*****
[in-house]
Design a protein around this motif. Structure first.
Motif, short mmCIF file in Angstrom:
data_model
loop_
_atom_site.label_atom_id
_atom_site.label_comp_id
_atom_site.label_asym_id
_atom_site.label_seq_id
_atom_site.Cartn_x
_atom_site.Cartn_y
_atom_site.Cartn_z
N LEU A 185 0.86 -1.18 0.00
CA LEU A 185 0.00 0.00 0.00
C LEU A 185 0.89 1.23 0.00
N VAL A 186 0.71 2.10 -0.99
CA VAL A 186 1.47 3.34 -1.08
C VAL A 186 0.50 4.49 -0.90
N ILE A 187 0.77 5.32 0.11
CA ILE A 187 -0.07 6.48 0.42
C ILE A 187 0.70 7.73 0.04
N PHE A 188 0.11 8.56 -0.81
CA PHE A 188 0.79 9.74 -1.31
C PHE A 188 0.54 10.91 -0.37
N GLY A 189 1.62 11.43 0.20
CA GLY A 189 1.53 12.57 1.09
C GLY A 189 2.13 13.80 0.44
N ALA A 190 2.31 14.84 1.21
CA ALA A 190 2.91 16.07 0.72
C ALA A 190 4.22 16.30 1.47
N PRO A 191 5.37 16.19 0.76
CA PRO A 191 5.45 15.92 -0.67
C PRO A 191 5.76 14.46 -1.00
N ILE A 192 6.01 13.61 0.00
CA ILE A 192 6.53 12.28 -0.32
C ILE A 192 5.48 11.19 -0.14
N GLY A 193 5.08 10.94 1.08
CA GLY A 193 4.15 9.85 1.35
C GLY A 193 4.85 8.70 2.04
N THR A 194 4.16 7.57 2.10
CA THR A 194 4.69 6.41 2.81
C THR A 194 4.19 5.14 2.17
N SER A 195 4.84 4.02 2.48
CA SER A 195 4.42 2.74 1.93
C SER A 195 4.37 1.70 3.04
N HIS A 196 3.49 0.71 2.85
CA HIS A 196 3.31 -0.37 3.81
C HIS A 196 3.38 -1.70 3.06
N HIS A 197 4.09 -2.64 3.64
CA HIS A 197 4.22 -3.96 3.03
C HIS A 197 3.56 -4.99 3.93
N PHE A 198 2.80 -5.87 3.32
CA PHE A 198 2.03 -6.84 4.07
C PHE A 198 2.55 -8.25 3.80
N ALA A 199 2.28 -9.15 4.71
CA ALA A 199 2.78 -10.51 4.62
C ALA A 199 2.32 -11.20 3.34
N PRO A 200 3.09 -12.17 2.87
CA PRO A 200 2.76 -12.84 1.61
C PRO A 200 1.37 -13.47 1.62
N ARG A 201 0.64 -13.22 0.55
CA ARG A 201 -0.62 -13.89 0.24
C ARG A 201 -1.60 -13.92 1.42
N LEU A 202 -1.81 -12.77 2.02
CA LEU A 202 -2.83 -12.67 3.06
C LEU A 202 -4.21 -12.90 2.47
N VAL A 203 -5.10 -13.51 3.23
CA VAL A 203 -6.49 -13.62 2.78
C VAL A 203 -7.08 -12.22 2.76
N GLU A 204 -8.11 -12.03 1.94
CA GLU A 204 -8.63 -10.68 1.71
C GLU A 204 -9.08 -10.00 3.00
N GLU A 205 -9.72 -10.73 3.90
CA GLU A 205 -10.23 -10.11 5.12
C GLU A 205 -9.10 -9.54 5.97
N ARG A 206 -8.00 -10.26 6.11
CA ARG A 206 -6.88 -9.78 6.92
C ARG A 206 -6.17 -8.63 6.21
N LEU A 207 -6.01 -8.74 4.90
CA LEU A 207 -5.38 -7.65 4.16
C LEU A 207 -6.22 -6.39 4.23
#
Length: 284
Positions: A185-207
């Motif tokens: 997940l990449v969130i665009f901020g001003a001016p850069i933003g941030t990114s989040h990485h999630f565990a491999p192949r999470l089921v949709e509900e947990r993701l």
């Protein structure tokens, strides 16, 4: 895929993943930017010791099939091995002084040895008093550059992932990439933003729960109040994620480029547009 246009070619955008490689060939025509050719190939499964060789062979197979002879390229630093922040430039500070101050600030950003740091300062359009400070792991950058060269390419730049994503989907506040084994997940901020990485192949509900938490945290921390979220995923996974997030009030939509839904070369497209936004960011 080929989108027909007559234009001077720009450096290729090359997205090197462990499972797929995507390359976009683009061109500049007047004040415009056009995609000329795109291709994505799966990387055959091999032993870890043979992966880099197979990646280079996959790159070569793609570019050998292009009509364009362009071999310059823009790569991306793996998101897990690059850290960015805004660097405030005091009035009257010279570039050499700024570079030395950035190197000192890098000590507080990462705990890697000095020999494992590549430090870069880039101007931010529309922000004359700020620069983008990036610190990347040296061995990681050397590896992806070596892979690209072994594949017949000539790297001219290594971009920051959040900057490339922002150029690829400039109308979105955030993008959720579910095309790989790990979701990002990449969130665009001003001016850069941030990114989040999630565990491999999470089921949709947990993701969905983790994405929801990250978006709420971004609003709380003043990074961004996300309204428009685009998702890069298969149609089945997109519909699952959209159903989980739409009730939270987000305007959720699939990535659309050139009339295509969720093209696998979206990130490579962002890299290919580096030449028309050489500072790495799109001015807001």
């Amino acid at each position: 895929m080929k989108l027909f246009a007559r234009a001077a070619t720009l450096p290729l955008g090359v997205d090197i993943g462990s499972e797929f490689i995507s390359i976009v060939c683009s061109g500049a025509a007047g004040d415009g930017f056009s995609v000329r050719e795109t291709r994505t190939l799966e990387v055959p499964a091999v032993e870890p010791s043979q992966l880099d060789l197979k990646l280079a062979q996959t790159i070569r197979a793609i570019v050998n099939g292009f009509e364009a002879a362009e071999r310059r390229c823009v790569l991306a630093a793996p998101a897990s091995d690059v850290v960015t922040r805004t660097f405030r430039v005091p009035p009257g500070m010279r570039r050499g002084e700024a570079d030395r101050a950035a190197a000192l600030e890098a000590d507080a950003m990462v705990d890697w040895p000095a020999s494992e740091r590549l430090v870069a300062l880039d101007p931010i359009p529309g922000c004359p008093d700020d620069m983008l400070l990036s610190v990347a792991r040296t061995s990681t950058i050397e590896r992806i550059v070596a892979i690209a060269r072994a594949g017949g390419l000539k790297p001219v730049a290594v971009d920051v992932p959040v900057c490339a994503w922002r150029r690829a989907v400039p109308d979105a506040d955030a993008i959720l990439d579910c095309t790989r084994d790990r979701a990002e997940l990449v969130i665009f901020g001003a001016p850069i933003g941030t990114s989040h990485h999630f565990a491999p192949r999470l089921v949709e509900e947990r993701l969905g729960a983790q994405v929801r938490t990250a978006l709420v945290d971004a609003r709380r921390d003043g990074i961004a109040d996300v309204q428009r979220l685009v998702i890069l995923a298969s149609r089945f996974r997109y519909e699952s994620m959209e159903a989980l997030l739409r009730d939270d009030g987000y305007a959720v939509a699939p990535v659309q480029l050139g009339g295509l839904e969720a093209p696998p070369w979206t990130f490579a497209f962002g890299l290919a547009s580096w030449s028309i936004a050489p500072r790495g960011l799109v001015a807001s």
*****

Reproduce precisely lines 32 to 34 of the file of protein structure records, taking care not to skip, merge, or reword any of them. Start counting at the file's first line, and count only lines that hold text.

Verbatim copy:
CA PRO A 191 5.45 15.92 -0.67
C PRO A 191 5.76 14.46 -1.00
N ILE A 192 6.01 13.61 0.00